It would be foolish to think that a rate hike would be without any consequences. Addressing the very real concerns of some skeptics is an important step toward understanding how we found ourselves in the middle of a very real equity bubble. One of the key arguments focuses on the individual investor and his/her ability to invest. Interest rates going up generally means homeowners with adjustable-rate mortgages (ARMs) will be forking out more money each month in debt service. This is a concern when the average homeowner owes $157,154 on his/her mortgage (5). The extra monthly payment would sap the homeowner’s ability to put money into a retirement account or invest, thus hurting the overall market. The glaring hole in this elaborate theory is that only 55% (6) of American adults, many of whom are nearing retirement, are invested in the market in any way. Summarily, nearly half of the population is not in any way invested in my market, and those who are involved are generally older folks who have lower monthly payments (7) on fixed mortgages. The mortgage crippling theory is simply not mathematically sound, barring sharp unforeseen behavior.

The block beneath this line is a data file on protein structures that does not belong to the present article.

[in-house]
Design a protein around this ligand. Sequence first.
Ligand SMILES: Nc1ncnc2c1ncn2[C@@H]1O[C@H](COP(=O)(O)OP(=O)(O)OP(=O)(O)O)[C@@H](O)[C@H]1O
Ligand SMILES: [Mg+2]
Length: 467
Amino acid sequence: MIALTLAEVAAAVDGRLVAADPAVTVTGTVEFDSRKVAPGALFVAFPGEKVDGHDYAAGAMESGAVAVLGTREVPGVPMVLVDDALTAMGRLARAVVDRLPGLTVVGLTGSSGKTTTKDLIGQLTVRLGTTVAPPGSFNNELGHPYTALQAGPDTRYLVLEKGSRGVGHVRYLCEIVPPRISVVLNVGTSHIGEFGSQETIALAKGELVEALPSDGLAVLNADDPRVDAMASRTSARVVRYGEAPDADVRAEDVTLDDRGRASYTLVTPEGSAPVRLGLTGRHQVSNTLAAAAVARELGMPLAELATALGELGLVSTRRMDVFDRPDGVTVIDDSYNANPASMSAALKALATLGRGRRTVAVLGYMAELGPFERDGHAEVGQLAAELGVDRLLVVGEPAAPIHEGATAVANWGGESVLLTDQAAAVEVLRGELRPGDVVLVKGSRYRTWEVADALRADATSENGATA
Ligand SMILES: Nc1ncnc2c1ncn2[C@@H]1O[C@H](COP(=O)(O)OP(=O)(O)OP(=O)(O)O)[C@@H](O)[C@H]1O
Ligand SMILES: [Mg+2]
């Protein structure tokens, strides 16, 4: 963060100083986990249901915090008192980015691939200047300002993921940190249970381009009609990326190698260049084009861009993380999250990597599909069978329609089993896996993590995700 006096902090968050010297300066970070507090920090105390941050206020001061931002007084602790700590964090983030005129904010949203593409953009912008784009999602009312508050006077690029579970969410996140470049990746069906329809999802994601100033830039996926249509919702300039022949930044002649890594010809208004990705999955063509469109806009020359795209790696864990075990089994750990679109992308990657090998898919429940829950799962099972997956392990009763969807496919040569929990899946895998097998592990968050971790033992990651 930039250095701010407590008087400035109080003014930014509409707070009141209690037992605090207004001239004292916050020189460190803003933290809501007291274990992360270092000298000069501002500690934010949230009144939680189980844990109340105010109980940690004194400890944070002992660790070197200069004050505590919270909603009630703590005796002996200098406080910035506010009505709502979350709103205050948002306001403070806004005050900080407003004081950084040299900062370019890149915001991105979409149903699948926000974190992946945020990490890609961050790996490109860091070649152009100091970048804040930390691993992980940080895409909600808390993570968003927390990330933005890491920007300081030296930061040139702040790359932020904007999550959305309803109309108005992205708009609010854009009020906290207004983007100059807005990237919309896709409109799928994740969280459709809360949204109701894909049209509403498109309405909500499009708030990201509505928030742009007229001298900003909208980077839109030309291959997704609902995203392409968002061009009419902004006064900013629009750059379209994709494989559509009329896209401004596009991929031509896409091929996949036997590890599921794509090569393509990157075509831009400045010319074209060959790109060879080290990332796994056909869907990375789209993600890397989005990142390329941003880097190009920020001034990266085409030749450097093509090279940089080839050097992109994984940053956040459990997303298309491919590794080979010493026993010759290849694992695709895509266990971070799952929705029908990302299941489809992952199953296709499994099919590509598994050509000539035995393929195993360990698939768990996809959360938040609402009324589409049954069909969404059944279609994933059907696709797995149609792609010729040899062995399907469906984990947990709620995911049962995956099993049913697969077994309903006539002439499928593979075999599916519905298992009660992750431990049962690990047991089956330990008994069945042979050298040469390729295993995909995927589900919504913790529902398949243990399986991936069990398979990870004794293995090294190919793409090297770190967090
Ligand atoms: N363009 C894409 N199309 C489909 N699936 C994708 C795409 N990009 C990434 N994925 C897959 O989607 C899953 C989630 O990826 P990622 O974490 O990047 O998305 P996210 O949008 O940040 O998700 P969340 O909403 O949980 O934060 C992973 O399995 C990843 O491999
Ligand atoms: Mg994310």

A more reasonable argument for downward equity trajectory following a rate hike is the effect such an action would have on companies’ cash flow. For value investors, the free cash flow (FCF) of a company is crucial, and raising rates would increase capital expenditures, thereby hurting FCF. A common method of valuing equities is through a discounted cash flow analysis, to calculate the present value of an investment. A lower FCF would dampen a DCF conclusion, creating a potential bearish sentiment amongst these investors. While value investing and examining a company’s financial statements is a solid method of seeking reliable long-term opportunities, fewer and fewer people are turning to these techniques these days. High-flying technology companies have ushered in a new era where P/E ratios, book values, other traditional fundamentals have been spurned in the face of high-upside glamorous speculation (8). As such, the number of methodical investors relying heavily upon these figures is shrinking, limiting the overall market downside risk associated with raising rates.